Reddit’s tantalizing potential for marketers is well-known, but brand safety concerns and a lack of ad inventory held the social network back from becoming a real player in the booming social ad space. However, in the last year, Reddit has taken steps to roll-out new policies, debut new products, redesign their app and website, and partner with brands. Is it enough? Should we start taking Reddit seriously as an effective driver of business results?
What this means for marketers: With more monthly active users (MAUs) than both Pinterest (300 mil MAUs) and Twitter (139 mil MAUs), the appeal of Reddit is easy to understand. The more-relevant stat for marketers is the level of engagement/loyalty within the platform. Alexa reports that Reddit consistently ranks as the sixth most visited website in the U.S., with daily time spent on site at 10:14 – longer than the average time users spend on Google, YouTube, Facebook, Instagram or Twitter.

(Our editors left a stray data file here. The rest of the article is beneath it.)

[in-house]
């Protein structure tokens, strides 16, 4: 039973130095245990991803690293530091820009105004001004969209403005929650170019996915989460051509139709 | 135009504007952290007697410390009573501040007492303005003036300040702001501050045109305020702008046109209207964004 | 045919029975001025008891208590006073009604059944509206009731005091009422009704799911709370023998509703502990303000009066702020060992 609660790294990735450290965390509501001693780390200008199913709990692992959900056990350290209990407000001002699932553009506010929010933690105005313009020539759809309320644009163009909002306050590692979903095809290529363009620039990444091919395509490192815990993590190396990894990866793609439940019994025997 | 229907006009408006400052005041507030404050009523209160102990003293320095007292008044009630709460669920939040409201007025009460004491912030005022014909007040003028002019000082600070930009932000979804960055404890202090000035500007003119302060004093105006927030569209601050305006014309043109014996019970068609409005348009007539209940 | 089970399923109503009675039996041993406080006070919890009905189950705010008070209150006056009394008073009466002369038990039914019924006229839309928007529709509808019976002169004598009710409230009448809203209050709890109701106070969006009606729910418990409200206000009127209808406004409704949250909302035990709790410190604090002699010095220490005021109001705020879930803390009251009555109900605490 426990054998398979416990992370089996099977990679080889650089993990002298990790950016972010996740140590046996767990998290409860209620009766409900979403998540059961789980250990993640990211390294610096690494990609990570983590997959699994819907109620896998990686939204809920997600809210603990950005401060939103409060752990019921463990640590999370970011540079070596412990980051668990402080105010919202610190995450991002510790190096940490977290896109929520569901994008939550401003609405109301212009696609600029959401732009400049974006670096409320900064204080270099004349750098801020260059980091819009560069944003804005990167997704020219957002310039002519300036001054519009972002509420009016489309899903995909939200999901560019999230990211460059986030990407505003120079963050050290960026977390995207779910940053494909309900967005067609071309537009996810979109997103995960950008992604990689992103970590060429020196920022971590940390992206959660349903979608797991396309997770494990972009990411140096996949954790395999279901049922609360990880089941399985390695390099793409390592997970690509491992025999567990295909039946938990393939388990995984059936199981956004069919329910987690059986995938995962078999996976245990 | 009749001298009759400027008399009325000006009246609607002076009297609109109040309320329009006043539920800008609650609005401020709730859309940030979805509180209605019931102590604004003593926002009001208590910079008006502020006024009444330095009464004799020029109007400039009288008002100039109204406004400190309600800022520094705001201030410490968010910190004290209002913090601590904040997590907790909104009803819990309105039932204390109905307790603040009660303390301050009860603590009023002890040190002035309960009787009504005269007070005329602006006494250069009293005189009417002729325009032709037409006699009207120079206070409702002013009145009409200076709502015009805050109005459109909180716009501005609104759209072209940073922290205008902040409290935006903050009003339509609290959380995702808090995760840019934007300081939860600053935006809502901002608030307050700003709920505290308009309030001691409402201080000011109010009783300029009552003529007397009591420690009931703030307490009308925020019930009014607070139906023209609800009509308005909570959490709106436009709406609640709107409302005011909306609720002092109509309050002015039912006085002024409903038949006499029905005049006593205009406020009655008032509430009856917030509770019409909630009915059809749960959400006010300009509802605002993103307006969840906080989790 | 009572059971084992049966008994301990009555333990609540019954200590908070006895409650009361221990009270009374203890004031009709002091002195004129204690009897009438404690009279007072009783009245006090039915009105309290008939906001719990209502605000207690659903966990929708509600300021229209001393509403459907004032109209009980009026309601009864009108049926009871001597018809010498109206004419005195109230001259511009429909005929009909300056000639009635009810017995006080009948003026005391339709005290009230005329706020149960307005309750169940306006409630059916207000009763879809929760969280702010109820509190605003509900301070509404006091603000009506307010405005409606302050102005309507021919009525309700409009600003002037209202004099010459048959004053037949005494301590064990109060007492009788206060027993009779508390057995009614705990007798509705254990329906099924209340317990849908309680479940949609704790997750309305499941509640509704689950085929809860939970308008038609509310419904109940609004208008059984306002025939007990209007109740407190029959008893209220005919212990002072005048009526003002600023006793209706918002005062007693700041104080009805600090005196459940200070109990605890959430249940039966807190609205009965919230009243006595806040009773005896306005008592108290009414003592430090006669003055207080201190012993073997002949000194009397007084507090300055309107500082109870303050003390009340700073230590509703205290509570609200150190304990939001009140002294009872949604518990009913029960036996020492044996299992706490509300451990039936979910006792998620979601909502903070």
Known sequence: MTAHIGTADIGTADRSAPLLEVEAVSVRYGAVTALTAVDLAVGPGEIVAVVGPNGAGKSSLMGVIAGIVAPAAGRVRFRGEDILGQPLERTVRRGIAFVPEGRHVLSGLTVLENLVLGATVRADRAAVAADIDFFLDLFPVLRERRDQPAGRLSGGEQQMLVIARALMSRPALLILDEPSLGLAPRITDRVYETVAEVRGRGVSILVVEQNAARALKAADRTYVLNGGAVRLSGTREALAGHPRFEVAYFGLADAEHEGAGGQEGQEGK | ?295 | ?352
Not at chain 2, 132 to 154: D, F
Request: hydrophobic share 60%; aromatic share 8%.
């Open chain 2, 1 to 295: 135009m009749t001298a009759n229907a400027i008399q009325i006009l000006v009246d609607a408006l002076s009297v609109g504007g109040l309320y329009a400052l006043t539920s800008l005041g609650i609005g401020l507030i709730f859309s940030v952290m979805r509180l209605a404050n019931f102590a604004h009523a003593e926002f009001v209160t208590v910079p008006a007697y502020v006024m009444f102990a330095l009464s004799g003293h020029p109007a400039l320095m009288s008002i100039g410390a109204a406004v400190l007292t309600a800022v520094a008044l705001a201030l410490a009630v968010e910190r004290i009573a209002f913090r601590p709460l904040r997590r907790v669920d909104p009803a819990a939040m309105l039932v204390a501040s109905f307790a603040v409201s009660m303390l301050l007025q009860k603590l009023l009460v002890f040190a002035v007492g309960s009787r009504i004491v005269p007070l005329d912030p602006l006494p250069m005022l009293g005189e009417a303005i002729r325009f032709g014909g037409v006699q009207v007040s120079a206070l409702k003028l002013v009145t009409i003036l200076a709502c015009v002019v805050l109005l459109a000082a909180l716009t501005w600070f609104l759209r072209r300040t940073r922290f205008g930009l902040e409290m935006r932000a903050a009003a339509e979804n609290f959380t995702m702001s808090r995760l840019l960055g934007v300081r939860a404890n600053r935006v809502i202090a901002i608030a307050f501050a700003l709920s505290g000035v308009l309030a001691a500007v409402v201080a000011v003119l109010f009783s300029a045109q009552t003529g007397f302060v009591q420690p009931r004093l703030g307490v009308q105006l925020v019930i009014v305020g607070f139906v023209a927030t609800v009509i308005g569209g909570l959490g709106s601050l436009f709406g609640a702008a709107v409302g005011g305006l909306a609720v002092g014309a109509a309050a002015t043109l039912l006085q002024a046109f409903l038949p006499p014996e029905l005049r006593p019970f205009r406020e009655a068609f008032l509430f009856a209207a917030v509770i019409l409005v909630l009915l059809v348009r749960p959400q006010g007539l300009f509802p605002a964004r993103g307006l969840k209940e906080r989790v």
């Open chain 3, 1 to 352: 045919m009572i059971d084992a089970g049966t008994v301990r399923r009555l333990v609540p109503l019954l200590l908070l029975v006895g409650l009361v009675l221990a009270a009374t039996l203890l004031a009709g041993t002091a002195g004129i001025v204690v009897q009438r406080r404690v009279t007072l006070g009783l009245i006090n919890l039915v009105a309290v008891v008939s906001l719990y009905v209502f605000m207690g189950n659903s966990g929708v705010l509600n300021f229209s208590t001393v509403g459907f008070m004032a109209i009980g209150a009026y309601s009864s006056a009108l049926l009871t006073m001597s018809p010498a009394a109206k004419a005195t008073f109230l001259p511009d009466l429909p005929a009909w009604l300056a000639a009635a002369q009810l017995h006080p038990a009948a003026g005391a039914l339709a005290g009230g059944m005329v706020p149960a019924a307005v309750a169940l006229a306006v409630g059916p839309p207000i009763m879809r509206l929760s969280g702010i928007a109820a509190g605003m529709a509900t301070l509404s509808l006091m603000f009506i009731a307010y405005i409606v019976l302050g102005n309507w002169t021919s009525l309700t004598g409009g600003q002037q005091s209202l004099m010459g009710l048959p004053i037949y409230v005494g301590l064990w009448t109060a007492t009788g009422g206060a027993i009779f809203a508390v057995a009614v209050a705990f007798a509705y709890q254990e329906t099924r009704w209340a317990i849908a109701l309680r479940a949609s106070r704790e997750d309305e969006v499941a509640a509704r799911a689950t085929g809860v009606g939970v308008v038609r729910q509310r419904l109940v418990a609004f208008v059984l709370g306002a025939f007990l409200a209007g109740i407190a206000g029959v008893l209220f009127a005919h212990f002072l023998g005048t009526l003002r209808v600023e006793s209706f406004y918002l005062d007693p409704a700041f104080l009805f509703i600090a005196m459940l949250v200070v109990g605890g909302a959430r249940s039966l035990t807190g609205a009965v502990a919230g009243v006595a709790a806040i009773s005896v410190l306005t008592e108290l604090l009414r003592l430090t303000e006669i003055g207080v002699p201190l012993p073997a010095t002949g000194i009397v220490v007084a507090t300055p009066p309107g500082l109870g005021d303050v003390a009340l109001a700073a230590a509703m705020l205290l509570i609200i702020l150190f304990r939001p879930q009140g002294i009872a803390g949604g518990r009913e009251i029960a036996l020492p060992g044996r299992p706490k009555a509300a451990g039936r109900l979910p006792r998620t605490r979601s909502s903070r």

Reddit boasts over 130,000 active communities – providing a way to reach niche untapped audiences through targeting various subreddits. In fact, Reddit has data to show that a large portion of their audience isn’t even on other social platforms with 1/3 of their audience NOT on Instagram or Twitter and close to half not on Snapchat or Pinterest. 20% of their audience is not on Facebook, which is close to 7 million people.
Harmelin has found success leveraging Reddit’s new app install ads with third-party attribution options and tracking capabilities as well as positive results with the CPC units and sponsored-text ads.